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Doesn't write .CSV file on export


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I have encountered what looks like *two* bugs in the .csv export function on macOS.

I am trying to write a .csv file to the top-level directory of a mounted encrypted sparse image. That is, I have a 500MB file on my desktop, which when I click on it and feed macOS a password, gets mounted as /Volumes/passwords.

I select Enpass's Export menu item, choose CSV, and browse to /Volumes/passwords. Then I click the export box, enter my master password and Enpass says it has successfully exported the file. Except it hasn't. It doesn't appear in the directory, or, as far as I can tell using "find -name", anywhere.

Looking at the copy of in.sinew.Enpass.plist in the container Library/Preferences with "plutil -p", I saw that it tried to write to "file:///Volumes/". That's the first bug. It is stripping the last component of the path and trying to write to the directory above the one it should be.

So I got a bit cunning and created the directory "/Volumes/passwords/dummy" (also proving that I could write to the mounted volume) and tried again. This time the .plist file said "file:///Volumes/passwords/", confirming my analysis of the first bug. But it still didn't write the file anywhere I could find, so that's the second bug.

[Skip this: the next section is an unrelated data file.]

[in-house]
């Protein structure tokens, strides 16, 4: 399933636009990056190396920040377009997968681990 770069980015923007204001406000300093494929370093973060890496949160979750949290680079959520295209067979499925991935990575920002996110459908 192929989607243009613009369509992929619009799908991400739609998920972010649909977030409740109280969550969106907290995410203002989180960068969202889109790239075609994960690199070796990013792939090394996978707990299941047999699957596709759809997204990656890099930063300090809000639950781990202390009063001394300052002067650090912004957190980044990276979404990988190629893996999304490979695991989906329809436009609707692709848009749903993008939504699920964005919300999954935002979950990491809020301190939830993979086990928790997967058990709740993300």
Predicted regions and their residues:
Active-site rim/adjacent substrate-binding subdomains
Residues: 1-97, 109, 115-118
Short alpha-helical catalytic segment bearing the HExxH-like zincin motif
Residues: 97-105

I am using Enpass 6.1.2 downloaded from the web site, on macOS 10.14.6. This worked using Enpass 5.5.7 on the same (current) version of macOS on another machine, writing to the same sparse bundle (which I later copied to the machine with 6.1.2). Indeed, what I was actually trying to do was dump the vaults on the two machines and then use "sort" and "diff" to check one really was a mirror of the other as they were supposed to be.

Edited by lemonjuice
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  • 2 weeks later...

It's now been two working weeks since I reported this bug here, with no response from Sinew.

However, I can report on a successful workaround. Exporting to a .txt file does work. The format is fairly obvious, and I was able to write a small program which massaged it into the kind of text file with delimiters that Unix utilities like. From there, I used the sort and diff utilities to verify both my vaults held the same data (even though one was from Enpass 5 and the other from Enpass 6).

I would be able to fairly easily create a .csv file from there for export to another password manager, which alleviates the other concern I had about these bugs.

However, the average user could not do this.

Edited by lemonjuice
clarify I didn't implement a CSV converter
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